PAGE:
Sideshow: Dance-theatre That Will Charm Your Socks Off

Written by Kaitlin McCarthy
Photo by Truman Buffett
Annex Theater’s Off-Night series presents Sideshow, May 1–16, 2012, created and directed by Jenna Bean Veatch. A whimsical mix of dance, theater, and live music, Sideshow tells the story of The Hunchback Girl, her journey to the circus, and the eclectic cast of characters she meets along the way: The Bearded Lady, Daffodil the Jaundiced Girl, and The Tree Man.This performance is a fun nod to depression-era aesthetics and a wonderful production for children and grown-ups alike.
For her first evening-length show, Veatch has carefully crafted all of the characters, their cartoonishness creating a larger-than-life dream world. Naomi Russell, as The Hunchback Girl, used facial expressions beautifully to convey the shy and nervous protagonist as she attempts different circus acts, trying to find her own special talent. The story plays out like a children’s bedtime tale, but with plenty to offer for adults. Francesca Mondelli and Jillian Vashro are brilliant as the perfect-at-everything conjoined twins, whose harmonized rendition of “I Wish I was a Single Girl Again” was as hilarious as it was charming, each woman playing one hand of a toy piano. Other delightful moments included unexpected surprises in stagecraft, whether it was a little magic trick or a well-timed sound cue. Equally captivating were the costumes, sets, lights, and music, which referenced a depression-era setting and were all used effectively to advance the plotline.
As can be an issue in narrative dance, occasionally there was too much reliance on pantomime and silent play-acting, which felt a little stale. An original dirge written and performed by Veatch told the story of the Jaundiced Girl (whom she also played) and, while this was a clever way to give back story, the repetitive song lasted too long, and seemingly could have said its piece in half the time. The dance duet accompanying this piece of music was also a rhythmic monotone, and felt like filler material with no intrinsic purpose. There were a few moments of effective dancing—an acrobatic solo, performed by Wylin Daigle as The Bearded Lady, did a wonderful job introducing the audience to her character. A group dance number helped convey the wild, overwhelming, and seductive nature of the circus, creating the suspension of disbelief necessary for the Annex’s small stage to become The Big Top. The best dancing in the show, however, is in the characterization, facial expression, and posture of the performers.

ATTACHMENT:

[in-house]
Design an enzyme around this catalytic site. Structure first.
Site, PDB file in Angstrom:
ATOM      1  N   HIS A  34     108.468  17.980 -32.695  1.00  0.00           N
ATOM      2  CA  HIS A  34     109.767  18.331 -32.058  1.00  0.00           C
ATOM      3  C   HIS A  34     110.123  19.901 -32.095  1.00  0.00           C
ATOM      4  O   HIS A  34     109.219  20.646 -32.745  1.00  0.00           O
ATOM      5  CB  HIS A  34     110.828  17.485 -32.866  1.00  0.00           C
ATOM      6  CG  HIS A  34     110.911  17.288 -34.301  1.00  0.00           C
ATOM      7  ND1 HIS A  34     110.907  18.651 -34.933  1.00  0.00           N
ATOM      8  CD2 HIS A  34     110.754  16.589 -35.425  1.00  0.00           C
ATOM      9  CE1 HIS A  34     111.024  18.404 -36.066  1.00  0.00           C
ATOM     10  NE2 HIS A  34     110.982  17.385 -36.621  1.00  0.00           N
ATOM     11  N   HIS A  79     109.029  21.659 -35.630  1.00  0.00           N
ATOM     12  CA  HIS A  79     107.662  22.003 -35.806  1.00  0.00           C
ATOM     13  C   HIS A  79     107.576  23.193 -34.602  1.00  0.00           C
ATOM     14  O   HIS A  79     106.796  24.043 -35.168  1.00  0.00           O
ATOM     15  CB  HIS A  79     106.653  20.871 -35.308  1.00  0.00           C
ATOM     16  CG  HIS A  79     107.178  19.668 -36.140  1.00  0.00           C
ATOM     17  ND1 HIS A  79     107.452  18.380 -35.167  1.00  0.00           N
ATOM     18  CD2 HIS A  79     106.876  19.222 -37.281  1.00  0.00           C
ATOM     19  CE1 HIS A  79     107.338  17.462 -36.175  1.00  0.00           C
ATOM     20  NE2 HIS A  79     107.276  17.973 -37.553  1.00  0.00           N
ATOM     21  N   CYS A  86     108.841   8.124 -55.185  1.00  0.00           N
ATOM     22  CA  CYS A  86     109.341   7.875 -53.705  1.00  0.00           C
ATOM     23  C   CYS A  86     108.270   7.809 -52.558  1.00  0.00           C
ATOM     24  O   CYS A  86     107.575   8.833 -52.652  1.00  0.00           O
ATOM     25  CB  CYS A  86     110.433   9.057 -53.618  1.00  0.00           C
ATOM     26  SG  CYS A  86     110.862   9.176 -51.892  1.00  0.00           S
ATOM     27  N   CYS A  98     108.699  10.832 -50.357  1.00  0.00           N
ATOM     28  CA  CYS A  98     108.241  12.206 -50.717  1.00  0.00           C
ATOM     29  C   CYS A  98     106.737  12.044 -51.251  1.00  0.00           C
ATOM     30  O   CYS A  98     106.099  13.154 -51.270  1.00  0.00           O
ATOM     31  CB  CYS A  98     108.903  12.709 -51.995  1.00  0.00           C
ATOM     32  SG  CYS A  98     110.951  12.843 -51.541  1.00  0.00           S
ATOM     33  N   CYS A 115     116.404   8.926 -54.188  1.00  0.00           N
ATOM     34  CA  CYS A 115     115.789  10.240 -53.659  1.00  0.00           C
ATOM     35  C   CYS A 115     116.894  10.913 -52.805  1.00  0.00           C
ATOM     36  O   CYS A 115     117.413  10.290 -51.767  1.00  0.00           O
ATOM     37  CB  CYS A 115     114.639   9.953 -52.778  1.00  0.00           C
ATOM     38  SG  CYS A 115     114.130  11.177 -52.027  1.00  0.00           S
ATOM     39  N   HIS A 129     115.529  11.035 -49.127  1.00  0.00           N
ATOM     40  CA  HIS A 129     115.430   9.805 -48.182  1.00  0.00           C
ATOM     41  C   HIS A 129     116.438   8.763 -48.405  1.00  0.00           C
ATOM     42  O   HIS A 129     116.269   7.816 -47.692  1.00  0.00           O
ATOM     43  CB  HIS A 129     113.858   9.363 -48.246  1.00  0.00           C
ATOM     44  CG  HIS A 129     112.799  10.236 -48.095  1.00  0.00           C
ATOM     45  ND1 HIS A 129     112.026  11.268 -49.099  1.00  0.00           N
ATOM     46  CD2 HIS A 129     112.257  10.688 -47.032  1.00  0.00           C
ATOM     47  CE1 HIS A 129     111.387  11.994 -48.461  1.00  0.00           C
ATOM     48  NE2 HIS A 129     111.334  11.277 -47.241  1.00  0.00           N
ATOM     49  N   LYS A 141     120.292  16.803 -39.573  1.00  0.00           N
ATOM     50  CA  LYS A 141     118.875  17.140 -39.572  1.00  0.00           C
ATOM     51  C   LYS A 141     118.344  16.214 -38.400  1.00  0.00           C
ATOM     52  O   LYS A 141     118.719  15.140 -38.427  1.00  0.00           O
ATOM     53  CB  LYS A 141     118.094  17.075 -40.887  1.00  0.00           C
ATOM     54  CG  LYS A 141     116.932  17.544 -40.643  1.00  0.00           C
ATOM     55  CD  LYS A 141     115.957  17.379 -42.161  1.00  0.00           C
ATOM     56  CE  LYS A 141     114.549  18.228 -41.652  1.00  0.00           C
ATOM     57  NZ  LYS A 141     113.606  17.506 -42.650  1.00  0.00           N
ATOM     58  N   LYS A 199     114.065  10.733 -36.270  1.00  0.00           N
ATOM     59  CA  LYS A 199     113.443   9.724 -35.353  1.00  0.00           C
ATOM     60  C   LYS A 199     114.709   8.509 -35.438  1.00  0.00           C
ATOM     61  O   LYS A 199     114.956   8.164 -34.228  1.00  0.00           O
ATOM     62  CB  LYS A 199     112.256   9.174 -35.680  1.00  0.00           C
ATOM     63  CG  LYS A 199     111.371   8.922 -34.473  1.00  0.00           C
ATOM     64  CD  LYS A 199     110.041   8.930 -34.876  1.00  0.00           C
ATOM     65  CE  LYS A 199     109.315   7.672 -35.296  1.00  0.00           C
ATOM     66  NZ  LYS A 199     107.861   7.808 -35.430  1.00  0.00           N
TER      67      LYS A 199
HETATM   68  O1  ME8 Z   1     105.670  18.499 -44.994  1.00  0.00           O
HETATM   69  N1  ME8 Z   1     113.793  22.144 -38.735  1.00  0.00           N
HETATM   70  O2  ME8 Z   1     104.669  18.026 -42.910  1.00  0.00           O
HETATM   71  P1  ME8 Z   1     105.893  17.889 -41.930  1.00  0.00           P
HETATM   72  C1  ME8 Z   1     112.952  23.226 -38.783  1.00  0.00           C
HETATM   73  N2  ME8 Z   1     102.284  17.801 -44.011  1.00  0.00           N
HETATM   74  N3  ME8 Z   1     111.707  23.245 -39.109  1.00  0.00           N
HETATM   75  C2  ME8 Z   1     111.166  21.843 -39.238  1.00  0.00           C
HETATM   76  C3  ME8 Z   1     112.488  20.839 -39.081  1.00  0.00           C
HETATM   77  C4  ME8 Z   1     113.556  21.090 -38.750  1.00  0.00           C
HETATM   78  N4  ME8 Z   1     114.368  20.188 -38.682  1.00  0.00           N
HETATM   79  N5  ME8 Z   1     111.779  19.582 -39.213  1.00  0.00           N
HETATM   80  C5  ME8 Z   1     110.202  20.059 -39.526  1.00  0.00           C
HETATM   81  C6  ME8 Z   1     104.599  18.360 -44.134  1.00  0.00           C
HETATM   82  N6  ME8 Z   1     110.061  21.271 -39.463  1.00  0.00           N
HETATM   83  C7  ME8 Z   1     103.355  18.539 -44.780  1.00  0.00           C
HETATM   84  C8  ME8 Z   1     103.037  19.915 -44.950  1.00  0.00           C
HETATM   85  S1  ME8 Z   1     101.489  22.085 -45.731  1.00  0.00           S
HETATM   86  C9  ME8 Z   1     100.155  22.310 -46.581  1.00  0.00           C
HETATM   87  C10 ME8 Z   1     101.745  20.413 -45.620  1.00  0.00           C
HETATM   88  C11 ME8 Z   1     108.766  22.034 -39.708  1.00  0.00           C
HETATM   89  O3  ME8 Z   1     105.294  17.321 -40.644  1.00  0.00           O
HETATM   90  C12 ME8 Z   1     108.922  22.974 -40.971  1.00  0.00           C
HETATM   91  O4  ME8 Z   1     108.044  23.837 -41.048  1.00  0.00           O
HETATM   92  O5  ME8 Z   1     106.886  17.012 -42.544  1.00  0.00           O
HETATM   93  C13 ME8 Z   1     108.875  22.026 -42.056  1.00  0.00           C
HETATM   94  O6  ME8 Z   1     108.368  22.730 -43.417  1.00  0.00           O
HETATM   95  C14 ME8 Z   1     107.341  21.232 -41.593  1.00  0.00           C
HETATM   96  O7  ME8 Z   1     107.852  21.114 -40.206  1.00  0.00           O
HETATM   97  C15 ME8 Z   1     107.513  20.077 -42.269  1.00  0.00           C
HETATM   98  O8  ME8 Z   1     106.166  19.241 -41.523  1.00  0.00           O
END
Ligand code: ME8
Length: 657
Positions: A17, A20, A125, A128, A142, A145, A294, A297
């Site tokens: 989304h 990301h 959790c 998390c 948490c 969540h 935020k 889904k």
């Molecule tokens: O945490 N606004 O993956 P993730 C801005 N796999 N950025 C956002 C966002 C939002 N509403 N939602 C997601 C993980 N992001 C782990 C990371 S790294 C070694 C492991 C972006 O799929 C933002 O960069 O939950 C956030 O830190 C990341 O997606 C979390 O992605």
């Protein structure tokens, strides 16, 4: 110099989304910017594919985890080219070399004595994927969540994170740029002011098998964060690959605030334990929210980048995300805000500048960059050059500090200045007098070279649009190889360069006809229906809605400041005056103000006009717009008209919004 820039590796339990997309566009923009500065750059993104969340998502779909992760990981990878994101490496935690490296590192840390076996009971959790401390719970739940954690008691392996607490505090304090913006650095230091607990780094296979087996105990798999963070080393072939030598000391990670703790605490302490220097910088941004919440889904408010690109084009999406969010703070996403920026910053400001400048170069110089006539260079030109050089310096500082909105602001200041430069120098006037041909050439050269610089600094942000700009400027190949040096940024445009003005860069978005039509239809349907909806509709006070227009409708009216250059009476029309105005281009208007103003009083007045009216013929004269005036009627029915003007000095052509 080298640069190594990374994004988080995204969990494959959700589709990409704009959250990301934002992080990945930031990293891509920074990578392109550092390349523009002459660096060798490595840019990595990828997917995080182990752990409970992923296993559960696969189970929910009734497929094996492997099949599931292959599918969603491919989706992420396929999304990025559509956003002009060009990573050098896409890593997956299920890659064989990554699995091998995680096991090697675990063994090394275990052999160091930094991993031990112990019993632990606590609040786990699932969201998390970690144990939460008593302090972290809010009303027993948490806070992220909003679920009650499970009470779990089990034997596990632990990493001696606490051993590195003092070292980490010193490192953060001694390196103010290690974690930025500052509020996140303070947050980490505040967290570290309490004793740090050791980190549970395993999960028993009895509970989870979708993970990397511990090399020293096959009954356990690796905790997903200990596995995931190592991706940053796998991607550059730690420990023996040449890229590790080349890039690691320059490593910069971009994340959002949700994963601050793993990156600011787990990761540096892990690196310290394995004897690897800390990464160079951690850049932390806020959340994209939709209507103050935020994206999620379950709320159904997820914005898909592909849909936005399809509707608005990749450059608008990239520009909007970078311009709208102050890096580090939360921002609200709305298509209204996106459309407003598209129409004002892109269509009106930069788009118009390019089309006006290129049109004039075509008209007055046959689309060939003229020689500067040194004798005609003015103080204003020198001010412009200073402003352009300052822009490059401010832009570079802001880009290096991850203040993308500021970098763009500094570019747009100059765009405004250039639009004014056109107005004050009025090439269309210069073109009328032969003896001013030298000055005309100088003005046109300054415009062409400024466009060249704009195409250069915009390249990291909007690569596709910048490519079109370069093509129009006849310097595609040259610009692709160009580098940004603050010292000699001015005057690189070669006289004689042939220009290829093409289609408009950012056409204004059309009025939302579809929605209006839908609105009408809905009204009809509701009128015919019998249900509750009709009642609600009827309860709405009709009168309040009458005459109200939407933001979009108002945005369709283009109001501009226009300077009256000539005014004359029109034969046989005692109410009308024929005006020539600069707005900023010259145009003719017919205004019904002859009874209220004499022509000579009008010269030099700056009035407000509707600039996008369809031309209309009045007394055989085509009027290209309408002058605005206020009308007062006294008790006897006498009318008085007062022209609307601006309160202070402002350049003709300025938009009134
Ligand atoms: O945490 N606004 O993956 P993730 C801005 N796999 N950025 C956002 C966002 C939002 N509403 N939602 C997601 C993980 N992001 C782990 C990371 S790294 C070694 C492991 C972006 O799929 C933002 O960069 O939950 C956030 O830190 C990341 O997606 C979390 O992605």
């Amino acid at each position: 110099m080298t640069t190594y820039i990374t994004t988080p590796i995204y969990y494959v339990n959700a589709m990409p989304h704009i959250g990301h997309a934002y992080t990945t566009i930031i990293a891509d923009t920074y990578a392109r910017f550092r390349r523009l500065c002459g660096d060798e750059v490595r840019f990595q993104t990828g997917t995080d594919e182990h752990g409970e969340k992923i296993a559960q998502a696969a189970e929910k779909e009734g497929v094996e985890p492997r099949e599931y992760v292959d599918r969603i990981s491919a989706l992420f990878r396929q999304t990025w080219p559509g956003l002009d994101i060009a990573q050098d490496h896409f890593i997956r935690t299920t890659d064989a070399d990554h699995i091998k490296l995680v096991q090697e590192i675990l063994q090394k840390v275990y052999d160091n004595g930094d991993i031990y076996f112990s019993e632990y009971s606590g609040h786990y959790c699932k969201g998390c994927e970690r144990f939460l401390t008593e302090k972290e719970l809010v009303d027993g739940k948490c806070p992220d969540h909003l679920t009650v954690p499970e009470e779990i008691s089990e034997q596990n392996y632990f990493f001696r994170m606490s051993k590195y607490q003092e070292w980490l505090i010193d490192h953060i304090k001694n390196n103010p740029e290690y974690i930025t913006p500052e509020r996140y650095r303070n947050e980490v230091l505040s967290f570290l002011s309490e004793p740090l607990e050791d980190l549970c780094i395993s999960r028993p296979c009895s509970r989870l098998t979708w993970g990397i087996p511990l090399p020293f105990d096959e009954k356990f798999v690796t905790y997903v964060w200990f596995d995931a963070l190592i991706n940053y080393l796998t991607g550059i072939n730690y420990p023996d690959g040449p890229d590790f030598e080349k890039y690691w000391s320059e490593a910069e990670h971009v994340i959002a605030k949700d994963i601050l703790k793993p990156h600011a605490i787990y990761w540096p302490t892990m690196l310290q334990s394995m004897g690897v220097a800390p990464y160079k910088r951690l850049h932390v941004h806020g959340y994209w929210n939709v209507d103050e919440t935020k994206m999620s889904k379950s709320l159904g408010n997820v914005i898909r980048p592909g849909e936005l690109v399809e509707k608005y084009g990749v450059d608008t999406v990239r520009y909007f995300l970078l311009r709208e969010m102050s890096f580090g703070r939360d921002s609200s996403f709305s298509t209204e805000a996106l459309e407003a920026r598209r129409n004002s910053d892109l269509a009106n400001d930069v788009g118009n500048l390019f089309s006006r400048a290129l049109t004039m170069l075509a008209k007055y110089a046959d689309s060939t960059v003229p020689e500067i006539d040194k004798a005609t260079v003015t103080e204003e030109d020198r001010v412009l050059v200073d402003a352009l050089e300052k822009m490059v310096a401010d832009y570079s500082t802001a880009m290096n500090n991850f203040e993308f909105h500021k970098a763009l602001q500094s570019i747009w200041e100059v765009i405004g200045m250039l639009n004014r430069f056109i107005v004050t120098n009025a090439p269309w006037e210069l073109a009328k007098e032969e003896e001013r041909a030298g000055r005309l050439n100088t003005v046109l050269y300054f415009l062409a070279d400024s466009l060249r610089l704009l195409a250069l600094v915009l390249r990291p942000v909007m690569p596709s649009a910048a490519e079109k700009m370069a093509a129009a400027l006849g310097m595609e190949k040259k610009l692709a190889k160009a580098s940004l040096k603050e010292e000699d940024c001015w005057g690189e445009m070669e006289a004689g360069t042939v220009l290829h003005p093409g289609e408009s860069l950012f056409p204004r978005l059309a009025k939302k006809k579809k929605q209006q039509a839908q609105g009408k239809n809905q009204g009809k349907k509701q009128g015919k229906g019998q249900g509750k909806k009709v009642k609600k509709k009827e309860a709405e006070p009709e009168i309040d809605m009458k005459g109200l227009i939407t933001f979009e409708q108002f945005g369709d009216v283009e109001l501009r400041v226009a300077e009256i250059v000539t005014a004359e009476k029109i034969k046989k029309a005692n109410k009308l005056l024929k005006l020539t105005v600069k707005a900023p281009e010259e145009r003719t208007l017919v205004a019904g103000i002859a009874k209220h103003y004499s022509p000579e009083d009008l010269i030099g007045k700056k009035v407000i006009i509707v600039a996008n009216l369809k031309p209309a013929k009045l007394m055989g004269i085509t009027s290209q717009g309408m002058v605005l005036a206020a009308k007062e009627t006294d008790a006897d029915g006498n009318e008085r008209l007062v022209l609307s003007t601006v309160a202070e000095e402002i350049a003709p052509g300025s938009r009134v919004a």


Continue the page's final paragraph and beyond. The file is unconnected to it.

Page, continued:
Sideshow is simple, sweet, and folksy. At times it has a very “community theater” type feel, for which it is unapologetic. The low-production value seems to reference a by-gone era of the stage, and only makes the show more endearing. The live traditional music and the bright-eyed, fresh-faced characters reinforce the feeling of a simpler time. Aside from a few pacing issues, Sideshow is a fine example of narrative dance, and a unique perspective in the Seattledance scene.
Sideshow is playing this Tuesday and Wednesday, May 15 and 16, 2012, at the Annex Theater, at 8:00 pm. The show is 70 minutes in length. Tickets available through the Annex Theater Website.